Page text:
The European Commission has moved swiftly to deny a Polish data analysis contending that plans to suspend – or ‘backload’ – 900 million carbon allowances from auction on the Emissions Trading System (ETS) will blow a hole in the revenues of new EU member states.
According to the Polish document, obtained by EURACTIV, Warsaw stands to lose over a billion euros and 16% of its allowance revenues, under the proposed backload plan, put forward by Brussels last month to shore up Europe's battered carbon market.
Hungary would forego €189 million and almost a quarter of its revenues, while the Czech Republic would lose €375 million and 13.6% of its revenues, according to the analysis by Poland, which opposes the EU plan.
Warsaw says that the numbers are an aggregate of figures from Annex 6 of the impact assessment accompanying the European Commission's carbon market reform proposal.
The analysis has been sent to all new EU member states – mostly from eastern Europe but also including Cyprus – in advance of an EU environment ministers council on 17 December.
But the Commission's reaction was dismissive.
“I don't know where their numbers come from,” Isaac Valero-Ladrón, spokesman for Climate Commissioner Connie Hedegaard, told EURACTIV in an emailed statement. “Backloading is expected to deliver positive fiscal impacts for Member States in times of austerity.”
A Commission ‘Fiscal impacts of backloading’ analysis, seen by EURACTIV and sent to all 27 EU states last week, projects an increase in the carbon price from €10 in 2013 to €12 in 2015 as a result of backloading – compared to a steady €5 price without the measure.
The higher the carbon price goes, the higher the incentive for industries to invest in less polluting technologies, which was Europe's ultimate objective when it launched its carbon market to meet its obligations under the Kyoto Protocol on climate change.
Overall, the Commission estimates that between 2013 and 2015 member states auctioning revenues would increase by 59% with backloading.
No Polish sources approached by EURACTIV would go on the record to contest this.
But off the record, officials insisted that the ‘10c derogation’ that Poland and other mostly East European states are pursuing to reserve free allocation of carbon allowances for their power sector would now end up draining their pool of auctionable credits.
“We would like to bring to the Council’s attention the fact that backloading might not actually be beneficial to countries with 10c arrangements,” one Polish government source told EURACTIV.
But the country still plans to allocate over 404 million free allowances to its mostly coal-based power sector. The rest of the new EU member states are together allocating 267 million 10c allowances to their power plants.
Commission sources say that while revenues for Bulgaria, the Czech Republic, Estonia, Hungary, Lithuania and Romania would still increase, albeit more slowly than without backloading, Poland would see a slight fall.
Carbon allowance prices are currently languishing at around €6 a tonne, way below the levels needed to encourage low carbon investment, or propel the EU towards its decarbonisation target for 2050.
Warsaw argues that this does not matter as the EU should still meet its 2020 target for a 20% cut in emissions on 1990 levels, even if carbon prices fall to near zero. However, an EU consensus rejects this as obstructive, environmentally crass, and economically naïve.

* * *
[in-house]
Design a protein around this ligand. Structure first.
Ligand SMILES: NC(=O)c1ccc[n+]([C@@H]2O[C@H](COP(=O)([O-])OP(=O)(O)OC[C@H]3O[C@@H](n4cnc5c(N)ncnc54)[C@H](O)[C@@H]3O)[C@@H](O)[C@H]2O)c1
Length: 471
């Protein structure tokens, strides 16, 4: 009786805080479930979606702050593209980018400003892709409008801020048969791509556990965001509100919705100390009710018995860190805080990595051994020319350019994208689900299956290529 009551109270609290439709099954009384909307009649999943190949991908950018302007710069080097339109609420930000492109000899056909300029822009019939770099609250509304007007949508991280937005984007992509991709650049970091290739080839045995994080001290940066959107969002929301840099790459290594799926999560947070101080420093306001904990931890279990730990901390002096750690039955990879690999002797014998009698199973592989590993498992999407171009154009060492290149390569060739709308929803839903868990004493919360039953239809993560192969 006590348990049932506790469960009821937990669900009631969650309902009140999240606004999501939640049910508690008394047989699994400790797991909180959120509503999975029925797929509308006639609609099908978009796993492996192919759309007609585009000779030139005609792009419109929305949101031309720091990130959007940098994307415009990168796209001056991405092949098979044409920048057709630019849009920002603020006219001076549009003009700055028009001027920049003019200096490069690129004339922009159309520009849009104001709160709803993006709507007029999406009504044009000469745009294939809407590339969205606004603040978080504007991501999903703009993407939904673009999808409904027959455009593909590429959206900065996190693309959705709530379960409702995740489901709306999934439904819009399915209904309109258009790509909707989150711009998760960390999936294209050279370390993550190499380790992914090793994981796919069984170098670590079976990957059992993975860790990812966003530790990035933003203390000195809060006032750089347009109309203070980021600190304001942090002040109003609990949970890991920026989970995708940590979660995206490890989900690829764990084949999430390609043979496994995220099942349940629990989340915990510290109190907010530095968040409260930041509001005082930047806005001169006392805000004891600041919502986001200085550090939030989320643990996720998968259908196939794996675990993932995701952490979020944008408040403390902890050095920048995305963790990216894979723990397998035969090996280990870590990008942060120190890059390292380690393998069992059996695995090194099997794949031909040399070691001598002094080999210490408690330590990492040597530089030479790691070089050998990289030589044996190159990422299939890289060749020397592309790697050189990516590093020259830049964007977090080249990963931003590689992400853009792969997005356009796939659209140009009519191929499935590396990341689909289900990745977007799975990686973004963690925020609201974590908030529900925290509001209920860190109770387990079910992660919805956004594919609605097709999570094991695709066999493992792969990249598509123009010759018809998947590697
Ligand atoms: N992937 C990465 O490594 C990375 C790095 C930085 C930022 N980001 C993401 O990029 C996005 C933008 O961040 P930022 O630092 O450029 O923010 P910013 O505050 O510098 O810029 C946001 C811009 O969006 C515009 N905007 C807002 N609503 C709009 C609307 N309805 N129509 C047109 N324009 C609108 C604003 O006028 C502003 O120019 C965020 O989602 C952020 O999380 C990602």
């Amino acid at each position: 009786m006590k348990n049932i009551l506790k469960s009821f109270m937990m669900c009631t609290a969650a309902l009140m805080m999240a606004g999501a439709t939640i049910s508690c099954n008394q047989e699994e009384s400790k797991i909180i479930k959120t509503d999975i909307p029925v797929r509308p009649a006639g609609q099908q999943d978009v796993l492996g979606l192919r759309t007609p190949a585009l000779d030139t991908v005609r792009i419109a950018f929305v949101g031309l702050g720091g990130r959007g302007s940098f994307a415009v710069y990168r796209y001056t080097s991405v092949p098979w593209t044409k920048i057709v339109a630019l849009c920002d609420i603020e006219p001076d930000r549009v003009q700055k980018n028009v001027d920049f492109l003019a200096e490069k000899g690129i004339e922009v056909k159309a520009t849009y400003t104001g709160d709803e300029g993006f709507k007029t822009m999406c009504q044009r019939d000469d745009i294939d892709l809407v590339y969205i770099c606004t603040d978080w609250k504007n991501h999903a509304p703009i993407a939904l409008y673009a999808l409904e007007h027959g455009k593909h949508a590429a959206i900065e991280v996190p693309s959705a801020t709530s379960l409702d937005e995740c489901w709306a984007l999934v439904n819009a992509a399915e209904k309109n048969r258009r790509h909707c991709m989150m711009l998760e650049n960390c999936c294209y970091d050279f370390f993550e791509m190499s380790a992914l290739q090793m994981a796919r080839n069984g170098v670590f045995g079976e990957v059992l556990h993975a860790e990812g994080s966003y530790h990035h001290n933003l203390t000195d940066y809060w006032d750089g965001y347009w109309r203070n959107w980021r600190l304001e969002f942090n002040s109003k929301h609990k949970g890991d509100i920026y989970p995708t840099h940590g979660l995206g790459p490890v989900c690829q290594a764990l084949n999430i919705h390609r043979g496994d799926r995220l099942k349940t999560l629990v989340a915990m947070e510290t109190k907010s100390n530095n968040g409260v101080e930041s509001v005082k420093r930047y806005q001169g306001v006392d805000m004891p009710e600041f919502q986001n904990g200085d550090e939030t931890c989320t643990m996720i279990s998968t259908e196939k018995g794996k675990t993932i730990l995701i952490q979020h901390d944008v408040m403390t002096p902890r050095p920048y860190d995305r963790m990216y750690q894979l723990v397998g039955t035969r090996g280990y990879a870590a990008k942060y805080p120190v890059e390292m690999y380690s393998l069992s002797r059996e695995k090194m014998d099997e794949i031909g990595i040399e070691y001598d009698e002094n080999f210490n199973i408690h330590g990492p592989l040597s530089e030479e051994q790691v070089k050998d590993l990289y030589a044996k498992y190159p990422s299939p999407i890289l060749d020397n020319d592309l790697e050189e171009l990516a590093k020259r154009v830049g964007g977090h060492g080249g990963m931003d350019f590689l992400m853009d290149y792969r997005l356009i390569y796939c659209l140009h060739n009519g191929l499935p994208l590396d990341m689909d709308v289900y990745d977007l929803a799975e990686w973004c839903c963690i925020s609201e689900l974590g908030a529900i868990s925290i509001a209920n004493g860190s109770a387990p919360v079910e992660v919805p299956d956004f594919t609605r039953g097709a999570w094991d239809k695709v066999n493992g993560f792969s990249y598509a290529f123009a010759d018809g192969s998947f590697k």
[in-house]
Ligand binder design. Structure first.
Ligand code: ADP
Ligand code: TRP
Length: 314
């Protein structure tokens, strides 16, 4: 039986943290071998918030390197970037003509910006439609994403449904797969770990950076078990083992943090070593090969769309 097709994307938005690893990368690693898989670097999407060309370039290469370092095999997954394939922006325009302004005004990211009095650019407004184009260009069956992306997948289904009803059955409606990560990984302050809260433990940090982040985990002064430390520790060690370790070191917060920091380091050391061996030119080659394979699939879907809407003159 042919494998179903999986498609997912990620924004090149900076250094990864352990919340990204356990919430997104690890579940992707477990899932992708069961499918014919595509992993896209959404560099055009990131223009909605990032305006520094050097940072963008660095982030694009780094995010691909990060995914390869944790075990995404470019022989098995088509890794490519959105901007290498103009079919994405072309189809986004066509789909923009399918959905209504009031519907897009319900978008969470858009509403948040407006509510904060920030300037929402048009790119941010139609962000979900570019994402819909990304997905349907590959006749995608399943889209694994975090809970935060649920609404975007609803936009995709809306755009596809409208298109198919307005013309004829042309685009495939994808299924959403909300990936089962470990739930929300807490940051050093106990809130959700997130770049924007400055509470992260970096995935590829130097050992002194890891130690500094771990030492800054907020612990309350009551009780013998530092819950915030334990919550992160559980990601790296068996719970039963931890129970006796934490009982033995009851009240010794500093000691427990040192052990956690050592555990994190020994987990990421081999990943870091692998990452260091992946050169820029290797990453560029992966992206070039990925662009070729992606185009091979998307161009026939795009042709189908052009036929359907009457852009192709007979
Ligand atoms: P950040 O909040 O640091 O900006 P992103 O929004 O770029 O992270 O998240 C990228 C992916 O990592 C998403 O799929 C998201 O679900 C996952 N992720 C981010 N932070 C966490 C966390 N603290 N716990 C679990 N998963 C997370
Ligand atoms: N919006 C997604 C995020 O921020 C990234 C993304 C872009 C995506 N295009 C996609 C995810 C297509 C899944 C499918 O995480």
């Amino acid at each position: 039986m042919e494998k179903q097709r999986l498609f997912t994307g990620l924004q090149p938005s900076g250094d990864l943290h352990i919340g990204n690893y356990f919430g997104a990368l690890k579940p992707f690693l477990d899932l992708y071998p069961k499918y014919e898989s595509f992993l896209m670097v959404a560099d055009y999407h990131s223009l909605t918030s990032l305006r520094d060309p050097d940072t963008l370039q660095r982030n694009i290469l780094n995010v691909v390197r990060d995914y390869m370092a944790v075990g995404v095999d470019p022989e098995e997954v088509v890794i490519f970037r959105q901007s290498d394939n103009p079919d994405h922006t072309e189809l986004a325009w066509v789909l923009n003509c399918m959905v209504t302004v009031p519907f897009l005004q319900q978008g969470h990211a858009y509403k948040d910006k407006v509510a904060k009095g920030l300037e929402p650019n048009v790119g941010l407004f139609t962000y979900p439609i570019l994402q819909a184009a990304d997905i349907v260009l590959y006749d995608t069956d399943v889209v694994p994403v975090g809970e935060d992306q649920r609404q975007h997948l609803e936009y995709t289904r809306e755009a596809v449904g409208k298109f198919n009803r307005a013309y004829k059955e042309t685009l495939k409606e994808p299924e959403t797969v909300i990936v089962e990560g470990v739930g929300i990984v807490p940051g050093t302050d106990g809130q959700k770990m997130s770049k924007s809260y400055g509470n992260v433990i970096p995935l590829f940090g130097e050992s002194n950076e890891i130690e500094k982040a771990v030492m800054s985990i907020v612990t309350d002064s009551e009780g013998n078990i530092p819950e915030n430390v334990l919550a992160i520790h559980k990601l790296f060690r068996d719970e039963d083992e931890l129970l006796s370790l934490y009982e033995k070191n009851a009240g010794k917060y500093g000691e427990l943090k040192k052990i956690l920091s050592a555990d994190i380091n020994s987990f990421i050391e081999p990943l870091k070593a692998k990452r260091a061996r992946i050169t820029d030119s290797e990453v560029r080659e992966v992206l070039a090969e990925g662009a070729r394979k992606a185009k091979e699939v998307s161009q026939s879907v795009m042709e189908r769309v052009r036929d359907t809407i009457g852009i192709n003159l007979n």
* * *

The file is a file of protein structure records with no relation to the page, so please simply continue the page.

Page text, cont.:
On 9 December, Hans ten Berge, secretary-general of Eurelectric, Europe’s electricity industry association, said the electricity market was currently “uninvestable” because of market fragmentation and a poorly functioning ETS.
"I'm not green,” he continued, “I'm just rational. I'm thinking that we have got a serious problem with CO2 in the world. I want to make as much money as possible," he told Reuters.
"The carbon price should rise over time from the current level to a magnitude around €100," ten Berge added. The former UN secretary-general Yvo de Boer last week told EURACTIV that a carbon price of €150 a tonne would be needed to avoid runaway global warming.
The idea behind backloading is to modestly increase that price on pollution by creating a temporary market scarcity – which the Commission retains the option of making permanent – thus providing enough uncertainty about future demand to boost prices.
“If there is a consensus, or a quasi-consensus that we should go fast, then we have a solution, which is the permanent cancellation of allowances,” the EU’s chief climate civil servant Jos Delbeke said on 16 November. “That is presented as something that still could be done say in the coming 20-24 months.”
Sources in Warsaw have confirmed that, despite compiling figures which assume a carbon price collapse after 2015 and no permanent cancellation – or set-aside – of allowances, the Polish government views the latter measure as an inevitable follow-through.
“The whole idea of backloading is just an ‘introduction,’” one source said.
The data analysis by Kobize, the Polish government’s National Centre for Emissions Management, was conducted on the assumption that backloading would be “no good” for the country’s economy, other sources in Warsaw confirmed.
“The intent was to calculate results and the result was that it would hurt Poland,” one official said, tongue-in-cheek.
Environmentalists retort that only one market projection for 900 million backloads in the EU annex that Poland says it based its figures to 2020 on, actually goes through to 2020 – and that only showed a slight price decline.
“Poland is desperately trying to create a split between East and West, but after misusing its self-proclaimed role as defender of the interests of Central and Eastern European member states already quite a few times, its credibility on climate policies with other EU governments is decreasing,” Greenpeace spokesman Joris den Blanken told EURACTIV.